For *r* = 0 and *t* > 0, (3) reduces to *ζ*(0, *τ*) = (*υ*_{0}/*a*)[1/(2*τ*)] exp[−1/(4*τ*)], from which we can plot the dimensionless central vorticity *ζ*(0, *τ*)/(*υ*_{0}/*a*) as a function of *τ*. This is shown in Fig. 2. The central flow remains approximately irrotational until *τ* ≈ 0.03, after which the central vorticity increases until it achieves its maximum at *τ* = 0.25. When *τ* = 0.25, the Laplacian operator on the right-hand side of (1), evaluated at *r* = 0, vanishes, and the central vorticity is (2*υ*_{0}/*a*)*e*^{–1}, that is, *e*^{–1} times the initial average vorticity inside *r* = *a*. When *τ* > 0.25 the central vorticity decreases as all the diffusive flux is then directed outward. The increase of the central vorticity due to the inward flux when *τ* < 0.25 is much more rapid than the “slow diffusive spindown” that occurs later. In other words, the diffusion is more efficient at eradicating the annular ring than the subsequent monopole. Since *τ* = 0.25 is the dimensionless diffusive time to monopole formation, we can define the dimensional diffusive time to monopole formation as *t*_{mf} = *a*^{2}/(4*ν*). For *a* = 10 km, *t*_{mf} is, respectively, 694, 69.4, and 6.94 h for *ν* = 10, 100, and 1000 m^{2} s^{–1}, a range of eddy viscosity values typically used in hurricane models.

## 3. Advective–diffusive evolution of a circular vortex sheet

*a*= 10 km, the vorticity and wind profiles at

*τ*= 0.008 in Fig. 1 are very similar to the initial condition used by Kossin and Schubert (2001) in experiment 7 of their vorticity mixing study. In their results, reproduced here in Fig. 3, the initial annular ring of vorticity advectively rearranges itself into a vorticity monopole in less than 8 h, according to the nondivergent barotropic dynamics:

*ζ*

_{t}

*u*

*ζ*

_{x}

*υ*

*ζ*

_{y}

*ν*

^{2}

*ζ*

*u*= −

*ψ*

_{y},

*υ*=

*ψ*

_{x}, and

*ζ*= ∇

^{2}

*ψ*. Their results are nearly inviscid since their specified viscosity is

*ν*= 5 m

^{2}s

^{–1}, which gives a dimensional diffusive time to monopole formation of

*t*

_{mf}=

*a*

^{2}/(4

*ν*) ≈ 1389 h, much longer than the roughly 7 h required for advective rearrangement to a monopole. Values of

*ν*somewhat larger than

*ν*= 5 m

^{2}s

^{–1}would also seem acceptable. For example,

*ν*= 100 m

^{2}s

^{–1}gives

*t*

_{mf}= 69.4 h, which is about 10 times the time required for advective rearrangement.

Now suppose we want to parameterize the asymmetric advective rearrangement process in an axisymmetric model using simple diffusion. What value of *ν* should be used? If we want the timescale of monopole formation to be correctly parameterized in the axisymmetric model, we should choose *ν* to satisfy *ν* = *a*^{2}/(4*t*_{mf}) = (10 km)^{2}/(4 × 7 h) ≈ 1000 m^{2} s^{–1}. However, this simple parameterization has serious deficiencies since, during the advective process, the peak value of vorticity remains unchanged (see Fig. 3), while during the pure diffusive process illustrated in Fig. 1, the peak vorticity at *τ* = 0.25 is only 24% of the peak value at *τ* = 0.008. It is in this regard that the results of advective rearrangement and the results of diffusion are quite different. We can summarize by saying that the purely diffusive evolution of an annular ring does not accurately parameterize the process of vorticity rearrangement, particularly in the hurricane inner core.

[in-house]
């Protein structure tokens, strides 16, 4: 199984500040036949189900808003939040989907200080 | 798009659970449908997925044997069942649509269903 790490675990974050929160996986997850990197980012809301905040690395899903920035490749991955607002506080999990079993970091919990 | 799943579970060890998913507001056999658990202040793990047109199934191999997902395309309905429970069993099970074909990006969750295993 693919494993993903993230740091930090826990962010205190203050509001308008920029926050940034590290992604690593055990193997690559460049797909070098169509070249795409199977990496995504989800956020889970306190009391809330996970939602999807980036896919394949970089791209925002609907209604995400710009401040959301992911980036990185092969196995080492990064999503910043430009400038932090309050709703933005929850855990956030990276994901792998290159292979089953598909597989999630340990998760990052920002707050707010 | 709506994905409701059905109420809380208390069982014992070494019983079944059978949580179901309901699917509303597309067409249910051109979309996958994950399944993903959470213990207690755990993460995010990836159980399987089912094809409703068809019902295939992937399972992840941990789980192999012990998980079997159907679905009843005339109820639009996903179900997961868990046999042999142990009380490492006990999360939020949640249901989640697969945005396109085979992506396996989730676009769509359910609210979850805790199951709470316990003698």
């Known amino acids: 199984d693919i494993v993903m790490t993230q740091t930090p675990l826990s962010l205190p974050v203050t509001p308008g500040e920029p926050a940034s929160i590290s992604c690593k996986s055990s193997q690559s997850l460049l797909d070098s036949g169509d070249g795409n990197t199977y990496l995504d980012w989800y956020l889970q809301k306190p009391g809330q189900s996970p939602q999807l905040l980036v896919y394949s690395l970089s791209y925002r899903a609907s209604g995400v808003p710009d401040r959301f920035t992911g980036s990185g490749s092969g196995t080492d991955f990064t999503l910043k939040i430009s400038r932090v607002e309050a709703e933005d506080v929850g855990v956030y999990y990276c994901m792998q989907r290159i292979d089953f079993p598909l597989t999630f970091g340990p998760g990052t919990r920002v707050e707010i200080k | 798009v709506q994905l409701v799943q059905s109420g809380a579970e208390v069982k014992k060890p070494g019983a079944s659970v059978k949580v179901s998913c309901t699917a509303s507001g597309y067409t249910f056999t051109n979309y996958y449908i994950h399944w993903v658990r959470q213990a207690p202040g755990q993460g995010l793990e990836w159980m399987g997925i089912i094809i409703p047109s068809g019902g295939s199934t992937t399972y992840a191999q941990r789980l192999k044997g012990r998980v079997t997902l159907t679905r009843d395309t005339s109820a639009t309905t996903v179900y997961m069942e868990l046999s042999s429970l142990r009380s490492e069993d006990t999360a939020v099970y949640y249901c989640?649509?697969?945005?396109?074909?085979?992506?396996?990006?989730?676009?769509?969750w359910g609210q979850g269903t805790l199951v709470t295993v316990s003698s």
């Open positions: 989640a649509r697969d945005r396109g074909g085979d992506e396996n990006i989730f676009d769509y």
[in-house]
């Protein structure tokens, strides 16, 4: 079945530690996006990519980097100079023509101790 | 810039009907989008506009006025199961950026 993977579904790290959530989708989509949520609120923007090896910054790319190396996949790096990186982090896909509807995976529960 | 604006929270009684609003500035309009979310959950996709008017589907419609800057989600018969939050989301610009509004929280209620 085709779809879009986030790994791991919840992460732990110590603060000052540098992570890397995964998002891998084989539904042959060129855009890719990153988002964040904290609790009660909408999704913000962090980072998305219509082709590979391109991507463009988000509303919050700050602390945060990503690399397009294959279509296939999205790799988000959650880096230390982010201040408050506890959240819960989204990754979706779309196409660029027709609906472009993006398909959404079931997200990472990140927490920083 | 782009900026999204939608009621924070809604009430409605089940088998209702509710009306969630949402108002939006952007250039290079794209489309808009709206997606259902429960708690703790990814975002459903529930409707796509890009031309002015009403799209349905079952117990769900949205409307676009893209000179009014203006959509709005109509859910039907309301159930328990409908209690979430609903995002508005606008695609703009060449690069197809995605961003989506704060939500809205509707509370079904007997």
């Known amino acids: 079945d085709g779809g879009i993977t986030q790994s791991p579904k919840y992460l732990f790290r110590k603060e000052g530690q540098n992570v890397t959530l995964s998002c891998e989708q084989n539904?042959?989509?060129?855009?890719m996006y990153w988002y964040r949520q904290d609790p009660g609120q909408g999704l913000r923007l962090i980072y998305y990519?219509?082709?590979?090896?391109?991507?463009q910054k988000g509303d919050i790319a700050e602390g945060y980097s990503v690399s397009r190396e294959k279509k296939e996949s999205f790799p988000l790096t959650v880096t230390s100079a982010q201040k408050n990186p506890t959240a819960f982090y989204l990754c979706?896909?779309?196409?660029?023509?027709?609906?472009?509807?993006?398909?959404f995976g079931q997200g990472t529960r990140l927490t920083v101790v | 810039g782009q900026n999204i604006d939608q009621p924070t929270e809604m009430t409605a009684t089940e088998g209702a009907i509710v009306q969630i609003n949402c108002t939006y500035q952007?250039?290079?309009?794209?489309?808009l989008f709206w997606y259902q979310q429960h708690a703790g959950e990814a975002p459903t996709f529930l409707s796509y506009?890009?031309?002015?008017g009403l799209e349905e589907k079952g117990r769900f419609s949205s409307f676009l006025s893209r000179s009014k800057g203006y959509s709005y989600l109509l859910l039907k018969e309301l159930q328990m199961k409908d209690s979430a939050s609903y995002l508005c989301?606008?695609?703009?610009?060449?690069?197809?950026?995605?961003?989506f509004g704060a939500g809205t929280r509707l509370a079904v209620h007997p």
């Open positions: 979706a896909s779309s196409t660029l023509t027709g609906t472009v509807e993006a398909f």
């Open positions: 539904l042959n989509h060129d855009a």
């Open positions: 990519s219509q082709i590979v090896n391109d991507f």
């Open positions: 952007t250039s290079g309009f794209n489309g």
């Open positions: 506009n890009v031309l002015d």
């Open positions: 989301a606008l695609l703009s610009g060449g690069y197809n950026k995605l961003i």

*ζ*

^{2}

*dx*

*dy*is selectively decayed over the global kinetic energy

*u*

^{2}+

*υ*

^{2})

*dx*

*dy*. This is a consequence of the fact that, according to the governing dynamics (4),

*t*) and

*t*) obey

*d*

*dt*= −2

*ν*

*d*

*dt*= −2

*ν*

*ζ*· ∇

*ζ*

*dx*

*dy*is the global palinstrophy, a measure of the overall vorticity gradient. Global palinstrophy evolution is described byAlthough the last term in (5) always tends to reduce

*ν*,

*d*

*dt*= −

*ν*2

*π*∫ {∂[

*r*(∂

*ζ*/∂

*r*)]/(

*r*∂

*r*)}

^{2}

*r*

*dr*, which is the nonadvective, axisymmetric, special case of (5). Thus, in the pure diffusive case,

Although pure diffusion is not consistent with selective decay of enstrophy over energy, there are a number of parameterizations that are consistent. The anticipated vorticity method for the nondivergent barotropic model (Leith 1985), and its generalization to the shallow water equations and to the quasi-static primitive equations [referred to as the anticipated potential vorticity method (Sadourny and Basdevant 1985)] are formed by recasting the equations of motion using a modified diffusion that conserves energy exactly and allows dissipation of enstrophy or potential enstrophy. In addition, certain spatial discretization schemes (Arakawa and Hsu 1990) have been designed to mimic the anticipated potential vorticity method and thus to be consistent with selective decay. The maximum entropy production principle (Kazantsev et al. 1998) is a statistical method that relies on solution of the variational problem of globally maximizing the rate of production of Boltzmann mixing entropy under the physical constraints of the system (e.g., global energy conservation), while allowing dissipation of enstrophy. These parameterizations could be considered an improvement over pure diffusion, but they can still suffer from deficiencies when modeling the dramatic vorticity rearrangements that can occur in the hurricane inner core. For example, the maximum entropy solutions to barotropically unstable initial flows do not capture the process whereby coherent vorticity structures are transported via advection while remaining relatively unmixed in the process (e.g., Jin and Dubin 1998) and thus the method tends to underpredict (overly mix) vorticity values.

We thank Kerry Emanuel for his comments on the original manuscript. This work was supported by NASA/CAMEX Contract NAG5-11010, NSF Grant ATM-0087072, and NOAA Grant NA67RJ0152.